Sometimes, I sit in the silence of a track that plays on repeat, to the point that it fades into the background noise of what is the last hour of the day. I sit, and I make a mental inventory of how this life is a dream come true, and when I cannot keep up with the blessings around me, I start counting them using the partitions on my fingers, and the more I do this, the more glaring the loudest question in the otherwise mostly silent room becomes: who do I share it with? And they tell me I still have time, and I know this; I know it all too well. Who are they to tell me there is still time to be patient when I am the one who spends these days waiting patiently? It is the person who waits who bears the brunt of it. It is the person who waits who has lost the years and never made the memories they so deeply desired. Those who wait spend years watching days pass, good and bad alike; it is them, and only them, who know, who keep track of the things that did not happen, and these, too, they count on their fingers like they do their blessings. They know how blessed they are far more than others, more than anyone else can tell them for they count them over and over because there is nothing else to do, nothing else at all.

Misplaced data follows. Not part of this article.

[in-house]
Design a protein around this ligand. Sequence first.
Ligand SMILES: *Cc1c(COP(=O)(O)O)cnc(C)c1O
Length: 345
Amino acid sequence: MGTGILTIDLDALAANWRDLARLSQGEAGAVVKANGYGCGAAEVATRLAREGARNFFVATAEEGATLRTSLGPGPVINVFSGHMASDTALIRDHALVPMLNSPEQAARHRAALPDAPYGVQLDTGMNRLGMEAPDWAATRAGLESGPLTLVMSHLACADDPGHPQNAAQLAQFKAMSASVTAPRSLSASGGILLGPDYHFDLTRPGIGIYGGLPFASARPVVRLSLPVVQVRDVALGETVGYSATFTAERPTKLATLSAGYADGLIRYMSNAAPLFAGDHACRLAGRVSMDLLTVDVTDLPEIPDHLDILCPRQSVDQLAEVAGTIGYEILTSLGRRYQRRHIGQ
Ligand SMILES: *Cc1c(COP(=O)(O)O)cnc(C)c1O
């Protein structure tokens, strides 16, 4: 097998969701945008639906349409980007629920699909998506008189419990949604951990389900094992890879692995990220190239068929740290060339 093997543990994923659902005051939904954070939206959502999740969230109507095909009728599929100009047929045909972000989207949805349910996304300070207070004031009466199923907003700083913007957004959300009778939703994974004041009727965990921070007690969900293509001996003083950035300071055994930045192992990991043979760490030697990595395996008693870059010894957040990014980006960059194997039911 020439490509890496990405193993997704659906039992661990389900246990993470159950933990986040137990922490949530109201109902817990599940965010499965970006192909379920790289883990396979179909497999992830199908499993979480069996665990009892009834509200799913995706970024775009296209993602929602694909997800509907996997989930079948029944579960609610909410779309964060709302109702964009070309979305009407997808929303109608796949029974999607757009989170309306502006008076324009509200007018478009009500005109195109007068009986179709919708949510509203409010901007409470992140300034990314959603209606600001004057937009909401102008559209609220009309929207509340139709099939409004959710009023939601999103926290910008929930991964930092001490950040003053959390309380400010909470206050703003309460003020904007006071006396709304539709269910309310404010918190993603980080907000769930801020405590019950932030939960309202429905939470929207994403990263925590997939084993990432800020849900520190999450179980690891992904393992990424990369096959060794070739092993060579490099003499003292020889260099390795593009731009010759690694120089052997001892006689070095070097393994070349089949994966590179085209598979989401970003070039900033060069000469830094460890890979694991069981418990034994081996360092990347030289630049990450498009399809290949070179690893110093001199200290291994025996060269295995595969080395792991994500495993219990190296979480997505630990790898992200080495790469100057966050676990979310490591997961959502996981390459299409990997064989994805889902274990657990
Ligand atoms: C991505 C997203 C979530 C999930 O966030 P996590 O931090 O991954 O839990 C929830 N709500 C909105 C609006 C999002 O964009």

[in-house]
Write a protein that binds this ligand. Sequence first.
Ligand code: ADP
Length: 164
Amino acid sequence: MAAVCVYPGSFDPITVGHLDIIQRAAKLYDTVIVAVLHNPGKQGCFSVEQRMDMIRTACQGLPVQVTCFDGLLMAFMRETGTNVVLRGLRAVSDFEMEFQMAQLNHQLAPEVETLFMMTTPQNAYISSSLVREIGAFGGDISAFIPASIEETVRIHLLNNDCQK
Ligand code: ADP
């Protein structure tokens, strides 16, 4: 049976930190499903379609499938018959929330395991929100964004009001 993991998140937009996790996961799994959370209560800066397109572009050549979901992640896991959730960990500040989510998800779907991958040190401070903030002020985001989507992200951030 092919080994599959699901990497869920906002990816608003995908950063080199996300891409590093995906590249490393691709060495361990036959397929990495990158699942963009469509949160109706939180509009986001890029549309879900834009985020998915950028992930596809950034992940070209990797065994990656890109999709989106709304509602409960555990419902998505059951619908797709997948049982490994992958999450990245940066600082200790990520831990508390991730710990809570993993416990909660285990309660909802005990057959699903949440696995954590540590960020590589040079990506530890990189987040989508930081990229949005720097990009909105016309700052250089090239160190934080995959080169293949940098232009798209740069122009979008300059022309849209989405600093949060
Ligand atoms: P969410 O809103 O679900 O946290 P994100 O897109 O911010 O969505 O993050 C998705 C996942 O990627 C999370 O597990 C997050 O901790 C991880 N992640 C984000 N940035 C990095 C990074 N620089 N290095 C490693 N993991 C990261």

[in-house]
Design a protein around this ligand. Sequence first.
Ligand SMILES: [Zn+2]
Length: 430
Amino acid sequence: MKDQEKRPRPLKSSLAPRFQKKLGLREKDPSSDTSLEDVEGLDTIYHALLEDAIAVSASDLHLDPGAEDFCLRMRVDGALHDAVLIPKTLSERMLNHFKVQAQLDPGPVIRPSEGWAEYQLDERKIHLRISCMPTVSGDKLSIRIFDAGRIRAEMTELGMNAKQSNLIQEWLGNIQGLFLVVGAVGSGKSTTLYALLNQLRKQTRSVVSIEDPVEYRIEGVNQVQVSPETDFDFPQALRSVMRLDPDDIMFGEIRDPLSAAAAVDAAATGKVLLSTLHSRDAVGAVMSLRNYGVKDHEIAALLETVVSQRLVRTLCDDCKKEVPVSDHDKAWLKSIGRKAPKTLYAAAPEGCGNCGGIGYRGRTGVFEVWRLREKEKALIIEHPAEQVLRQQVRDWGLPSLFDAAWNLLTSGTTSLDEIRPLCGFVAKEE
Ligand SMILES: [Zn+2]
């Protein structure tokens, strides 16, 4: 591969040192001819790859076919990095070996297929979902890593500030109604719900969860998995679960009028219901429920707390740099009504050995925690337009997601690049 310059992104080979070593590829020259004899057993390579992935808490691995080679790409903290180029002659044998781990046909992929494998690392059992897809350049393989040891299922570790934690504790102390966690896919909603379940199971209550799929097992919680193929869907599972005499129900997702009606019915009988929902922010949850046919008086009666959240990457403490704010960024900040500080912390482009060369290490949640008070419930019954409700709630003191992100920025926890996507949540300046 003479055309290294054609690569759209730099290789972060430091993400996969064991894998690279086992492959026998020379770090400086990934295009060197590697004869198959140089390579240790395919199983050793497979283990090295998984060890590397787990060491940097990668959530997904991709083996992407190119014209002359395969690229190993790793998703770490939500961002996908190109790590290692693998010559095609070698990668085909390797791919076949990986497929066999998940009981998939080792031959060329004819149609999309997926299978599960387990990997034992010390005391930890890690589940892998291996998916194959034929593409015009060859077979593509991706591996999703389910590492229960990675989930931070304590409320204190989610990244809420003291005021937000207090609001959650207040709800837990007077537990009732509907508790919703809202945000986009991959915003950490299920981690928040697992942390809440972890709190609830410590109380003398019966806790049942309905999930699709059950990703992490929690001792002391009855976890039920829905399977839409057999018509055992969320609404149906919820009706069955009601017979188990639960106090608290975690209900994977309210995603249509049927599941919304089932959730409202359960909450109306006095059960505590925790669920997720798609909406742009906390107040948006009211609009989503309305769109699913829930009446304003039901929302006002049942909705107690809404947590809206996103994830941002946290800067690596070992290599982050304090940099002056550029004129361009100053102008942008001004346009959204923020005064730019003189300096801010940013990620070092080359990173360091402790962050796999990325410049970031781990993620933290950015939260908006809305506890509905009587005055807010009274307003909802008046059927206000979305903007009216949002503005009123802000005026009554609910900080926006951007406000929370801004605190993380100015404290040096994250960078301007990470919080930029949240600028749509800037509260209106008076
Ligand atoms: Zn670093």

Let us be impatient for a day or two, or a week or more. It is only natural. Only the one who waits knows the silence of the good news and the loudness of the bad. Only the one who waits knows just how much time has passed. Yearning is no easy ordeal. Let us writhe and rant now and then. Winters pass, and the person who waits and sits in the same chair must get up and throw a tantrum now and then lest they forget they are waiting at all. It takes many summers to thaw a frozen soul, and souls are frozen far too often; we must stay warm, and we must limber up. Who knows how many years one has to wait to be able to talk about one’s day casually, nonchalantly, or at all?